India’s domestic troubles from recent policies are going to be considerable in undermining India’s soft power and altering its national identity. India has, over the years, accumulated a wealth of international goodwill and status as a peaceful rising superpower in the world. And India’s diplomatic tradition of non-alignment, stable economy and vibrant democracy have provided a formidable foundation for the country’s national identity and, at the same time, act as a tool of soft power diplomacy. Needless to say, this national identity has been at the forefront of India’s successful projection of national interests as legitimate in the international arena. However, the current scenario anticipates significant strategic and foreign policy implications for India’s global ambitions.
    Finally, India’s attempts to deal with the mounting diplomatic challenges, unfortunately, appear to be that of an impulse-driven confrontational approach. The government has failed to do any damage control when it chose to pursue confrontation and diplomatic offensives. For instance, calling for a domestic boycott of palm oil imports from Malaysia against the Malaysian prime minister’s criticism of India’s actions in Kashmir and its new citizenship law, and cancellation of a meeting with US lawmakers and denial of Labour Party MP Debbie Abraham’s entry into the country, for their criticism of Kashmir policy, are only going to be counterproductive in redeeming the situation. Coupled with the recent series of events in the country, this lends credence to the view that there is a larger erosion of liberal democratic values of intellectual engagement and dialogue with the opposed political and ideological point of view.
    The inevitable result has been the denuding credibility of India’s stance that international criticism is merely unnecessary interference in the internal matters of the country. Continuing criticism from countries – the latest being Iran, with whom India maintains cordial relations – despite India’s diplomatic outreach is indicative of this. In such a context, India must understand that international relations are mainly a realist realm of dissent and disagreements. Therefore, it should not allow the impulse to guide actions. Instead, judicious examination of policy consequences and effective dialogue and communication to resolve differences must be employed as diplomatic options.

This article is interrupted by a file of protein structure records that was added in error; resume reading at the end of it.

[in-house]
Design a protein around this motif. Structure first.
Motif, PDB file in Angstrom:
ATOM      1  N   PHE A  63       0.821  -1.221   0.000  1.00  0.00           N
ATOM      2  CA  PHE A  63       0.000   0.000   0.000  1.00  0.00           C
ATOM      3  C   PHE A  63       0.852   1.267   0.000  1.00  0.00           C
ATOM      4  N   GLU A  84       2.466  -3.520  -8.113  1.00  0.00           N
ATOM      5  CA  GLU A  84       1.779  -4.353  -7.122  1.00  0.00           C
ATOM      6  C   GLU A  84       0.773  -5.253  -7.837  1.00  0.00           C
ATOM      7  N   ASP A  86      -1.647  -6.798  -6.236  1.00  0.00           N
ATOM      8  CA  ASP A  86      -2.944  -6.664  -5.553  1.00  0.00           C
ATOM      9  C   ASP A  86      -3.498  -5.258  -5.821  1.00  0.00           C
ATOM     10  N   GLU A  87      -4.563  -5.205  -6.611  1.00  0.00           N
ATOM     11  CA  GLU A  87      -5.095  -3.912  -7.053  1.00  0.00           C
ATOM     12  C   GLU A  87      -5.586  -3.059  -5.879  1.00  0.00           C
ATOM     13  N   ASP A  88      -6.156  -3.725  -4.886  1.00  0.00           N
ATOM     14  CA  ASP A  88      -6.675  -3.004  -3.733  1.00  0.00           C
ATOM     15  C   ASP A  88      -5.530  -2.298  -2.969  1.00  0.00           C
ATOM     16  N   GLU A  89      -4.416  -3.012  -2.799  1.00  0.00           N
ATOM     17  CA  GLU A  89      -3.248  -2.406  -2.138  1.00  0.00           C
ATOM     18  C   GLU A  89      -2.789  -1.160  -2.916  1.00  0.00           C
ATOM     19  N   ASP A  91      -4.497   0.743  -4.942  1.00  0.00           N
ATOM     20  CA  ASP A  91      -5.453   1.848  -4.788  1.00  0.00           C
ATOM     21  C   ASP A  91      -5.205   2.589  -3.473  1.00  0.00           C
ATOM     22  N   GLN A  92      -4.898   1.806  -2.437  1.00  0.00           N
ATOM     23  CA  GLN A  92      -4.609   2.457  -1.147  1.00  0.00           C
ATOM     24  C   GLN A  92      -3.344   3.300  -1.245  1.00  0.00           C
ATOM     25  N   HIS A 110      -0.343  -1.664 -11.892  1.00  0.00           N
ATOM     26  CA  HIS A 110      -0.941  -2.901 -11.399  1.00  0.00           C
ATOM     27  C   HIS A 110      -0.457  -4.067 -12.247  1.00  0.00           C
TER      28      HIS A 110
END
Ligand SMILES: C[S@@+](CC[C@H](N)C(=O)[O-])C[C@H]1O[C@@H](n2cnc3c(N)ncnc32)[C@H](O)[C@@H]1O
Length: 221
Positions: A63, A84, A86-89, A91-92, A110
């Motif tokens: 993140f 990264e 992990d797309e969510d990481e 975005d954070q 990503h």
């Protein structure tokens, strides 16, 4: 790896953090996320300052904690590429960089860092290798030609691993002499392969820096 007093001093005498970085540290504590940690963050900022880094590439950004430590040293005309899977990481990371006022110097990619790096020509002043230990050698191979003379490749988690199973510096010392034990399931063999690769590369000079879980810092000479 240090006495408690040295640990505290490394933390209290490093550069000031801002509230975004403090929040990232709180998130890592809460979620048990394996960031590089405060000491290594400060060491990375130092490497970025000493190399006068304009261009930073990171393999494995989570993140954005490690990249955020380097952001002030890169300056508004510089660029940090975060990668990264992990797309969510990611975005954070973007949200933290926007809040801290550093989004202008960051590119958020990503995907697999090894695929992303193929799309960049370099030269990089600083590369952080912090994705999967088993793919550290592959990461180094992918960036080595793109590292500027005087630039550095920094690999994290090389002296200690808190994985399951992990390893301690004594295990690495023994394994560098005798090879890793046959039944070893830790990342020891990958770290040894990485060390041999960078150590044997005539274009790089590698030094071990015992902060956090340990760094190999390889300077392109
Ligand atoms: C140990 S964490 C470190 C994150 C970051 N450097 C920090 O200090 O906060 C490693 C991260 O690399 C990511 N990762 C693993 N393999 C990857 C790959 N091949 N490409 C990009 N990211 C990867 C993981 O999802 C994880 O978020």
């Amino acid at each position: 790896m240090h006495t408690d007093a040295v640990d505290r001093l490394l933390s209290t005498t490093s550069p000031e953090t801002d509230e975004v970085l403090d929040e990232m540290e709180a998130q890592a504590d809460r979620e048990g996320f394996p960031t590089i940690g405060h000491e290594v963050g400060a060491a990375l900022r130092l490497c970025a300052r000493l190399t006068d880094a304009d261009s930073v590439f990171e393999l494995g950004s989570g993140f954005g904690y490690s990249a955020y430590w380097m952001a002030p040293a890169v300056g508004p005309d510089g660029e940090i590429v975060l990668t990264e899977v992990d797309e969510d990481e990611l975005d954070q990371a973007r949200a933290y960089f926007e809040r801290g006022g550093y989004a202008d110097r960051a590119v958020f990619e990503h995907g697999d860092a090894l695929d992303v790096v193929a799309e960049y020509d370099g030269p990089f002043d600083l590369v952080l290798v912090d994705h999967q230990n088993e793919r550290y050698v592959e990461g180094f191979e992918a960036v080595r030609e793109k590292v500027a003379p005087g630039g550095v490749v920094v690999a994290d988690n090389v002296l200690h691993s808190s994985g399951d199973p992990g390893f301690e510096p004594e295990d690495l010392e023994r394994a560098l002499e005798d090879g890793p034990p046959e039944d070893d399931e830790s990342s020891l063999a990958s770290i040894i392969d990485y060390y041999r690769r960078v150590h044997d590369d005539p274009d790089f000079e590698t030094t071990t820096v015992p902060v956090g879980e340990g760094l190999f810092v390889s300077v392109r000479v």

In sum, if nothing else, all of this shows how desperately India needs a new direction that envisages a long term strategy and vision. While the ‘new’ image of India is not auguring well for the country at this juncture, one can only speculate how much damage this has done to India’s diplomacy and its ability to build relationships over trust and legitimacy. A host of factors such as competing domestic priorities, confused national vision, misguided assumptions, and diplomatic missteps have given rise to the current foreign policy conundrum. And it will continue to push India’s foreign policy astray until a major reassessment and course correction of India’s approach to domestic policies takes place.
    Therefore, what is important is to take serious cognizance of the centrality of image building and the need for favourable international public opinion to maintain and augment India’s global credentials to enable India to play a larger global role.
    (The writers are Ph.D. candidates in Political Science at the University of Hyderabad, and in Public Policy and Management at Indian Institute of Management, Calcutta. They can be contacted at [email protected] and [email protected])
    (South Asia Monitor)